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The Impact of Computers on Productivity in the Trade Sector: Explorations with Dutch Microdata


  • Broersma, L.
  • McGuckin, R.H.


Trends in productivity, labour, and investment in the retail and wholesale trade sectors for the Netherlands in the 1988-94 period are examined. The analysis is based on a longitudinally linked panel of firms from the annual survey of Production Statistics collected by Statistics Netherlands (CBS). We find that computer investments have a positive impact on productivity and that the productivity impact of computers is greater in retail than in wholesale trade. There are a number of possible reasons for this finding, including greater penetration of computers in wholesale trade and differences in the way computers are deployed in the two sectors. Contrary to studies in the U.S., however, the impact of computer capital is about the same as other forms of capital. Differences in empirical specifications arising from the absence of data on capital suggest some caution with respect to this conclusion. We also find increased use of "flexible" employment practices, particularly among retail firms, and these appear related to computer use. As expected the measured impacts of computers on productivity are quite sensitive to the particular deflator used for computer equipment.

Suggested Citation

  • Broersma, L. & McGuckin, R.H., 2000. "The Impact of Computers on Productivity in the Trade Sector: Explorations with Dutch Microdata," Papers 45, Groningen State, Institute of Economic Research-.
  • Handle: RePEc:fth:gronig:45

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    References listed on IDEAS

    1. Nickell, Stephen & Layard, Richard, 1999. "Labor market institutions and economic performance," Handbook of Labor Economics,in: O. Ashenfelter & D. Card (ed.), Handbook of Labor Economics, edition 1, volume 3, chapter 46, pages 3029-3084 Elsevier.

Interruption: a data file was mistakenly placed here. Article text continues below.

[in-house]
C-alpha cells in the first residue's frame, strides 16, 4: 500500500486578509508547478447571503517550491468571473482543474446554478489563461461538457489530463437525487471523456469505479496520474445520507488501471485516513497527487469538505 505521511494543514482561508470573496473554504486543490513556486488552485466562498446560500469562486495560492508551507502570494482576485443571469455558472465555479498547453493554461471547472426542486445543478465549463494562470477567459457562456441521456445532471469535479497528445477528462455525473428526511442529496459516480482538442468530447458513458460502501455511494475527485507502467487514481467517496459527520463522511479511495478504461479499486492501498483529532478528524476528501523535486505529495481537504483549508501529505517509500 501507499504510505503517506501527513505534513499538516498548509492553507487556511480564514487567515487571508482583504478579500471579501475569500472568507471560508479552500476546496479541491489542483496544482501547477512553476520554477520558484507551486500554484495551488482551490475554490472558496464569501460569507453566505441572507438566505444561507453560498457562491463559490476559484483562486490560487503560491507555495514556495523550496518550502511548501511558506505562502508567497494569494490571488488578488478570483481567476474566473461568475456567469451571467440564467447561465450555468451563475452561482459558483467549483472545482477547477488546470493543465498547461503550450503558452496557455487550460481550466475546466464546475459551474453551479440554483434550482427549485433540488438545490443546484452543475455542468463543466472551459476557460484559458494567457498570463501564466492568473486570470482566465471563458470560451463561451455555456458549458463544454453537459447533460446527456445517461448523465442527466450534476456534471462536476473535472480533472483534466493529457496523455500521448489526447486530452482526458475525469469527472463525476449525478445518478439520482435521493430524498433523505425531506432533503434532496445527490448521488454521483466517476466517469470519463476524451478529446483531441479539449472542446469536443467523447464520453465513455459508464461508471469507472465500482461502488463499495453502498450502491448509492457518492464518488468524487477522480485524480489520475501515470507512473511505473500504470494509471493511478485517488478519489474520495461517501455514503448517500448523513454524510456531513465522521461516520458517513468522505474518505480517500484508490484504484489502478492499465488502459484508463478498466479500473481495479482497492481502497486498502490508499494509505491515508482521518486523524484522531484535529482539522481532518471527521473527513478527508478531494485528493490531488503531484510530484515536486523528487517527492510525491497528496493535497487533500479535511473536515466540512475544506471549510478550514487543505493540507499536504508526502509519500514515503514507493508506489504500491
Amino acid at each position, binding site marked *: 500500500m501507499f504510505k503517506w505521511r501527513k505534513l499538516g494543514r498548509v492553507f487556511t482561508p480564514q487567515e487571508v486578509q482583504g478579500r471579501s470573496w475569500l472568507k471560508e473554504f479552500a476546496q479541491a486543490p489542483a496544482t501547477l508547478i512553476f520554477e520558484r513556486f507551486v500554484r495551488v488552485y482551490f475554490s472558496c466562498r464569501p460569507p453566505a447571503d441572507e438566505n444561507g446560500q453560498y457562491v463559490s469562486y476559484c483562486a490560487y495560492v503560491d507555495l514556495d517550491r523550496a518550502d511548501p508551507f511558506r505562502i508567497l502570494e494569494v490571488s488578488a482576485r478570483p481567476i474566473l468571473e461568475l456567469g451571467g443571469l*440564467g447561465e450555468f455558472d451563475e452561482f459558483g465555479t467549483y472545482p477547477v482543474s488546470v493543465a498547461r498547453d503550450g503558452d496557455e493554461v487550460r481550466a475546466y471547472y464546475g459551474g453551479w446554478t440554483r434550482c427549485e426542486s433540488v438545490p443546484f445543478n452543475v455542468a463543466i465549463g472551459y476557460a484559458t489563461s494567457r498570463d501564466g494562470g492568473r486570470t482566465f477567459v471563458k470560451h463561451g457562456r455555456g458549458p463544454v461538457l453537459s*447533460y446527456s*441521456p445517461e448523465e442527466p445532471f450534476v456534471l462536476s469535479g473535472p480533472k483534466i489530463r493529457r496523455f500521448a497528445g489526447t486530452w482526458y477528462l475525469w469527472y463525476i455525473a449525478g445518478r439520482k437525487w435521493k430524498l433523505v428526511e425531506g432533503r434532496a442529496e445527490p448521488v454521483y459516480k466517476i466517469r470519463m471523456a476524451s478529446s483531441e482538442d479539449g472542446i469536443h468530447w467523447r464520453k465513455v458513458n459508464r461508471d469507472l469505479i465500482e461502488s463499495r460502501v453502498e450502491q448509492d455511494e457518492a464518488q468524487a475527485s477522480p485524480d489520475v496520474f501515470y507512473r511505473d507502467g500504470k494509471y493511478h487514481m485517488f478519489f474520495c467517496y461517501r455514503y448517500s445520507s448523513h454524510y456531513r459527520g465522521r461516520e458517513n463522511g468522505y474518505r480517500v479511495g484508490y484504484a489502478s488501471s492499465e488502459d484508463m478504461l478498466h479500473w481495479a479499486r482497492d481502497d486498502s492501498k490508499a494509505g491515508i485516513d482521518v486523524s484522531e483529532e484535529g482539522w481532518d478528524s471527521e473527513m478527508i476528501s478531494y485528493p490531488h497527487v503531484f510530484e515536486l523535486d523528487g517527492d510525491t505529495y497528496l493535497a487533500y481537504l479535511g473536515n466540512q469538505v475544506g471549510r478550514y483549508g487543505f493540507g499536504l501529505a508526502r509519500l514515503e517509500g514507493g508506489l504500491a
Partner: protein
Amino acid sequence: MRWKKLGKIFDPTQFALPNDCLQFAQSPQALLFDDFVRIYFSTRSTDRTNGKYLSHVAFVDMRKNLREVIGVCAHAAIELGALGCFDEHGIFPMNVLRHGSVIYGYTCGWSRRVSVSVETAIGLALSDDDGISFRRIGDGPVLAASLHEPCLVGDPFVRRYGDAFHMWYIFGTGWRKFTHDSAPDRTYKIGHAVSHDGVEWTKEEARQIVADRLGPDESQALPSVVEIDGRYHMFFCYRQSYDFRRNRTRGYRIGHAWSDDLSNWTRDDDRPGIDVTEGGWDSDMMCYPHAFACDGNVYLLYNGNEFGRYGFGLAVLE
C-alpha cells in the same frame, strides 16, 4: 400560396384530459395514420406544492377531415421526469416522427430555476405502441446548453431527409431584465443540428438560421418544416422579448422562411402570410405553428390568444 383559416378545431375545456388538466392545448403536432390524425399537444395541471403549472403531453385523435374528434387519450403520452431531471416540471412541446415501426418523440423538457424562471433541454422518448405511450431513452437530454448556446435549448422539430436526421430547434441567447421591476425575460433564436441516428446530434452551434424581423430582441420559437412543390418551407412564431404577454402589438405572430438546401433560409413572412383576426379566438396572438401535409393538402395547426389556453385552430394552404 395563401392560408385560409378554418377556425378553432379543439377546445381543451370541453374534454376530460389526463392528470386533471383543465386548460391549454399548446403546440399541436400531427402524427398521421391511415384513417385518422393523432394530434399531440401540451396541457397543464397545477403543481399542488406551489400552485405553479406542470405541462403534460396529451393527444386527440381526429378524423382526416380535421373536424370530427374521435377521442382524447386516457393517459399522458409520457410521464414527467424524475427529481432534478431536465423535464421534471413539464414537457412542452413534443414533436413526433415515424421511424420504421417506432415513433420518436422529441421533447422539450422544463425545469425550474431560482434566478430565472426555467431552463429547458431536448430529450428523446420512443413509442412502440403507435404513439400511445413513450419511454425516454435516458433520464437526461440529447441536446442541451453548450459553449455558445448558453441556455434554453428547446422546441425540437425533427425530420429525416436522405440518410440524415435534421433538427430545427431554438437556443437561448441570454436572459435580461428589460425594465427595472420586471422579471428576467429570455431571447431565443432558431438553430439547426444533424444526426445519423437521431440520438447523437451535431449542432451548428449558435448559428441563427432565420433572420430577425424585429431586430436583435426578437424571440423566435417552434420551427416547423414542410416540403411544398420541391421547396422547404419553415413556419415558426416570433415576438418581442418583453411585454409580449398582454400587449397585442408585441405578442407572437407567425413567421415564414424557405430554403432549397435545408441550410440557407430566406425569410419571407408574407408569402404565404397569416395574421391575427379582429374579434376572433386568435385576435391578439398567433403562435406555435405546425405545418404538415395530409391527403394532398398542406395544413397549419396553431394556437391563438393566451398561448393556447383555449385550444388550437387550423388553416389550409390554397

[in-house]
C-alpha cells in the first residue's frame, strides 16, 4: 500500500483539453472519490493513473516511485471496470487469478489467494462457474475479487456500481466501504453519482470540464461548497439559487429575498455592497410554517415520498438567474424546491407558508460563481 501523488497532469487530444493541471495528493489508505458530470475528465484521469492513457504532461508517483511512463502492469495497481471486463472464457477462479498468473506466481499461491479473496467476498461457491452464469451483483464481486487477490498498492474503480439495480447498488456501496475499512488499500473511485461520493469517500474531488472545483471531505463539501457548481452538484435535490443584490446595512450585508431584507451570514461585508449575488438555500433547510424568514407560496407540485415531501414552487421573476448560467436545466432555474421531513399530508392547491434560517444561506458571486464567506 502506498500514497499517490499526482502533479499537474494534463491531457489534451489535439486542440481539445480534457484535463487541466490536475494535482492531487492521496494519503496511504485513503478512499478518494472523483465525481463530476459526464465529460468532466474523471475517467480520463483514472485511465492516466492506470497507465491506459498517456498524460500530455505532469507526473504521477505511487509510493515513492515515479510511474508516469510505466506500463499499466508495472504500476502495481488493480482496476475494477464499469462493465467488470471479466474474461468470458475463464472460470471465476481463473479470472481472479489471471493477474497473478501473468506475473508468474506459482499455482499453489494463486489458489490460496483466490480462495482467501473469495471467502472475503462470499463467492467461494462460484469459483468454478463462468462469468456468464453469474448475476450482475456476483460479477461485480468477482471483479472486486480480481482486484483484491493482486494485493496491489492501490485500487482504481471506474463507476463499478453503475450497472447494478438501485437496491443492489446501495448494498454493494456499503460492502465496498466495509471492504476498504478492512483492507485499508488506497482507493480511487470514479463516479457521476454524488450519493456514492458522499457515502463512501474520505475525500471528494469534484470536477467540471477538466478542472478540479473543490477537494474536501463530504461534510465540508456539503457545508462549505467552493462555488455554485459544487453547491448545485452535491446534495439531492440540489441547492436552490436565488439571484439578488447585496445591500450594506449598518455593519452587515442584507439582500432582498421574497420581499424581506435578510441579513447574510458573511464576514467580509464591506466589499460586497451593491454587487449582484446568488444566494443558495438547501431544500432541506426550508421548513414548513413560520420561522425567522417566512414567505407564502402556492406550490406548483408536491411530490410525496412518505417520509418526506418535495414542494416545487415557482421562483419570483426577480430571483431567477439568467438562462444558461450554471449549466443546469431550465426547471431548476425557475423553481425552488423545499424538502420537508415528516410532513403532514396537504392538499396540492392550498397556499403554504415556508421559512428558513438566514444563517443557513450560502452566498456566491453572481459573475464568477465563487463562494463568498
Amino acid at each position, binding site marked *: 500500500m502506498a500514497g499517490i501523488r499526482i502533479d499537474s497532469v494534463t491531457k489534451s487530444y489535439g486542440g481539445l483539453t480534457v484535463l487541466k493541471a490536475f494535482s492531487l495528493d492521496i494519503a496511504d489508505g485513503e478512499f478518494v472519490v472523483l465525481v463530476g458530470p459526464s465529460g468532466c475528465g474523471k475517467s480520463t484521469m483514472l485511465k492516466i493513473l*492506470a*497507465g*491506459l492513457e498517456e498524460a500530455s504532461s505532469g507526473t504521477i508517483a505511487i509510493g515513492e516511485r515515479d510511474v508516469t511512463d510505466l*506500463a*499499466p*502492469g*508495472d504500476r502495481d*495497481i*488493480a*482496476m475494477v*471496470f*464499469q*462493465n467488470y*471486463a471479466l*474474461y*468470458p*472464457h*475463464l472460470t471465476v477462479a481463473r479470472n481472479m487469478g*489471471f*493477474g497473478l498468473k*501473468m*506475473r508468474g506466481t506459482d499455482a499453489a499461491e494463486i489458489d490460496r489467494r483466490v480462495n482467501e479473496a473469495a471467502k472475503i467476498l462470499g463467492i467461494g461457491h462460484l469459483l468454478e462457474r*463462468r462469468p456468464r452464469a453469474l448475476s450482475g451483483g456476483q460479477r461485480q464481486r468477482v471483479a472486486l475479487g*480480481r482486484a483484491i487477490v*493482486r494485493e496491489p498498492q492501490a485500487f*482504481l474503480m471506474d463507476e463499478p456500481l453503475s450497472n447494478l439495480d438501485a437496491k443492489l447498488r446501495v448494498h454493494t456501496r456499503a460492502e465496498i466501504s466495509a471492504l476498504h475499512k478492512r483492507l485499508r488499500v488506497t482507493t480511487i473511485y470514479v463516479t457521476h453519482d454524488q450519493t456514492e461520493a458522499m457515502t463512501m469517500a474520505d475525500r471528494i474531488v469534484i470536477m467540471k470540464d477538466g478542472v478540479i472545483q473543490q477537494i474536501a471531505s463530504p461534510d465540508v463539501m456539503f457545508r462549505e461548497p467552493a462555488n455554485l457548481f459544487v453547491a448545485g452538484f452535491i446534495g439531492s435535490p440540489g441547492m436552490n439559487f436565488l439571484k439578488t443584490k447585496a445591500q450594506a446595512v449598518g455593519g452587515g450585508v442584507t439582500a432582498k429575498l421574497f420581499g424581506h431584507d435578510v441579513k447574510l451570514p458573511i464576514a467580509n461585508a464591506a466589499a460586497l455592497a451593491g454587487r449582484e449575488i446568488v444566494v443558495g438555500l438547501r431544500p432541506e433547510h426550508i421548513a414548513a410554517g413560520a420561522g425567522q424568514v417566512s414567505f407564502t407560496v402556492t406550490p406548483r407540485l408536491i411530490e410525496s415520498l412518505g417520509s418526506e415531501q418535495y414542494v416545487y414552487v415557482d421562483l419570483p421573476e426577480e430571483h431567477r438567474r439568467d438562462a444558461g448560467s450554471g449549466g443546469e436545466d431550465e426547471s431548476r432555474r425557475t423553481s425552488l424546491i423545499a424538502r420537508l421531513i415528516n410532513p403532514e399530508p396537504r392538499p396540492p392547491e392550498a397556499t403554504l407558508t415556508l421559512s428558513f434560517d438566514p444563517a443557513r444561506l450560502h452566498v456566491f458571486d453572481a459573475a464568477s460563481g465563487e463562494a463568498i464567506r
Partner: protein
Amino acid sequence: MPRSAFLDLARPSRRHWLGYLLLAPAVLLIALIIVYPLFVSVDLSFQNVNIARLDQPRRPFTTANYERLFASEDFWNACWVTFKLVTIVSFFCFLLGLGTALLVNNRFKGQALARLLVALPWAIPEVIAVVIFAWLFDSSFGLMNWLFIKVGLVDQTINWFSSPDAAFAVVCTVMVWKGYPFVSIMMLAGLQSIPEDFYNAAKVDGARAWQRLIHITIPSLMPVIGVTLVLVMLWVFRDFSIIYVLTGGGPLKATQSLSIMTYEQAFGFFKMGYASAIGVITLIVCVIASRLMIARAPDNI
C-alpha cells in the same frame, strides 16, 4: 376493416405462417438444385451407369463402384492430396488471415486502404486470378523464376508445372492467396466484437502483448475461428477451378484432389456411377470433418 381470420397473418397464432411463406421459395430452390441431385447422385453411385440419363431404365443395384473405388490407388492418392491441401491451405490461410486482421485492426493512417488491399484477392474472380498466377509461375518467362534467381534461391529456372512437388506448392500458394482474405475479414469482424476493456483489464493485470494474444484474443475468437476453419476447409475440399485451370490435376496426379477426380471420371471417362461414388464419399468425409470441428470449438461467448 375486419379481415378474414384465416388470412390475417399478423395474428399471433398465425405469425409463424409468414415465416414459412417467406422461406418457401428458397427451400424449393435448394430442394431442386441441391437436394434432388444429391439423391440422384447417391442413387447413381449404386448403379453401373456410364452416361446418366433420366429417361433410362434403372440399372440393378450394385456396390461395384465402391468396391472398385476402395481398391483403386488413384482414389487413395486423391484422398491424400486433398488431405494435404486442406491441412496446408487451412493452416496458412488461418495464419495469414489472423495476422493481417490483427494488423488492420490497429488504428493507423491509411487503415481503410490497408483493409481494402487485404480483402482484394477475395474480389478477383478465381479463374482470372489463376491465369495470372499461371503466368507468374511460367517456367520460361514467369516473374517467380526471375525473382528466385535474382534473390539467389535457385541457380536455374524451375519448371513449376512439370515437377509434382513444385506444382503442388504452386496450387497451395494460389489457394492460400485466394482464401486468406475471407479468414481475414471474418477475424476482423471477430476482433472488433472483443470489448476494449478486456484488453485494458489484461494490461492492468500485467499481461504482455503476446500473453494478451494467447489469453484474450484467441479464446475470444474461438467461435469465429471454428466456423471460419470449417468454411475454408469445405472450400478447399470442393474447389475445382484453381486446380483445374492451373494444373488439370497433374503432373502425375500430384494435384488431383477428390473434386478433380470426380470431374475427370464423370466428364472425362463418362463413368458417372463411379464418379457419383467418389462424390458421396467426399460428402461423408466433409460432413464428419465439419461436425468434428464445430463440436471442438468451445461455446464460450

2. Steve Nickell & Jan van Ours, 2000. "The Netherlands and the United Kingdom: a European unemployment miracle?," Economic Policy, CEPR;CES;MSH, vol. 15(30), pages 135-180, April.
    3. George Papaconstantinou & Norihisa Sakurai & Andrew Wyckoff, 1996. "Embodied Technology Diffusion: An Empirical Analysis for 10 OECD Countries," OECD Science, Technology and Industry Working Papers 1996/1, OECD Publishing.
    4. Groote, Peter & Albers, Ronald & Jong, Herman de, 1996. "A standardised time series of the stock of fixed capital in the Netherlands, 1900-1995," GGDC Research Memorandum 199625, Groningen Growth and Development Centre, University of Groningen.
    5. Kleinknecht, Alfred, 1998. "Is Labour Market Flexibility Harmful to Innovation?," Cambridge Journal of Economics, Oxford University Press, vol. 22(3), pages 387-396, May.
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    JEL classification:

    • F10 - International Economics - - Trade - - - General
    • D24 - Microeconomics - - Production and Organizations - - - Production; Cost; Capital; Capital, Total Factor, and Multifactor Productivity; Capacity
    • L86 - Industrial Organization - - Industry Studies: Services - - - Information and Internet Services; Computer Software
    • L23 - Industrial Organization - - Firm Objectives, Organization, and Behavior - - - Organization of Production


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